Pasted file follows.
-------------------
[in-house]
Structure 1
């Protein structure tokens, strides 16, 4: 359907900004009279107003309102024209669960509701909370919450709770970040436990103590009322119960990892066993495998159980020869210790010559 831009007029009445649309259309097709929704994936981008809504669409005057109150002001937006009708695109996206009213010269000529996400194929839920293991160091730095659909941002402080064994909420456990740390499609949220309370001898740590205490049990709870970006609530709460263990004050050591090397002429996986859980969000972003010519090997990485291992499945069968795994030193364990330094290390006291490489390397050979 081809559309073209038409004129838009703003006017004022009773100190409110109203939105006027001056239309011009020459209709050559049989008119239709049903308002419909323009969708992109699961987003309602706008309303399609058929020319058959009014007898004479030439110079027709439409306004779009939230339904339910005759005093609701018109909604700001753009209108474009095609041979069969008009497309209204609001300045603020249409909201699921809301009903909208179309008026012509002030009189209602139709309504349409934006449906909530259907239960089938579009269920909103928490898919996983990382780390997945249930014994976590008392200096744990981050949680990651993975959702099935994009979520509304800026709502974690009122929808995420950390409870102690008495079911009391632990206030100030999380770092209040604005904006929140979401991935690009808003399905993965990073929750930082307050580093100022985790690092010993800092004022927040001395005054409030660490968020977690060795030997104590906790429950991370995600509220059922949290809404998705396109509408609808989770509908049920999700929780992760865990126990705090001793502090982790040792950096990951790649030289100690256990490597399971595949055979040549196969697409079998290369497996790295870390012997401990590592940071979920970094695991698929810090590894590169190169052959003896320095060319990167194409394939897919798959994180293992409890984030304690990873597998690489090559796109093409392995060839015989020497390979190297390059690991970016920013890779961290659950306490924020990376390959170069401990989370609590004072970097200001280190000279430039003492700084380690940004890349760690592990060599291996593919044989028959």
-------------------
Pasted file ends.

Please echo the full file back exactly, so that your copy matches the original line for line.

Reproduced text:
[in-house]
Structure 1
């Protein structure tokens, strides 16, 4: 359907900004009279107003309102024209669960509701909370919450709770970040436990103590009322119960990892066993495998159980020869210790010559 831009007029009445649309259309097709929704994936981008809504669409005057109150002001937006009708695109996206009213010269000529996400194929839920293991160091730095659909941002402080064994909420456990740390499609949220309370001898740590205490049990709870970006609530709460263990004050050591090397002429996986859980969000972003010519090997990485291992499945069968795994030193364990330094290390006291490489390397050979 081809559309073209038409004129838009703003006017004022009773100190409110109203939105006027001056239309011009020459209709050559049989008119239709049903308002419909323009969708992109699961987003309602706008309303399609058929020319058959009014007898004479030439110079027709439409306004779009939230339904339910005759005093609701018109909604700001753009209108474009095609041979069969008009497309209204609001300045603020249409909201699921809301009903909208179309008026012509002030009189209602139709309504349409934006449906909530259907239960089938579009269920909103928490898919996983990382780390997945249930014994976590008392200096744990981050949680990651993975959702099935994009979520509304800026709502974690009122929808995420950390409870102690008495079911009391632990206030100030999380770092209040604005904006929140979401991935690009808003399905993965990073929750930082307050580093100022985790690092010993800092004022927040001395005054409030660490968020977690060795030997104590906790429950991370995600509220059922949290809404998705396109509408609808989770509908049920999700929780992760865990126990705090001793502090982790040792950096990951790649030289100690256990490597399971595949055979040549196969697409079998290369497996790295870390012997401990590592940071979920970094695991698929810090590894590169190169052959003896320095060319990167194409394939897919798959994180293992409890984030304690990873597998690489090559796109093409392995060839015989020497390979190297390059690991970016920013890779961290659950306490924020990376390959170069401990989370609590004072970097200001280190000279430039003492700084380690940004890349760690592990060599291996593919044989028959």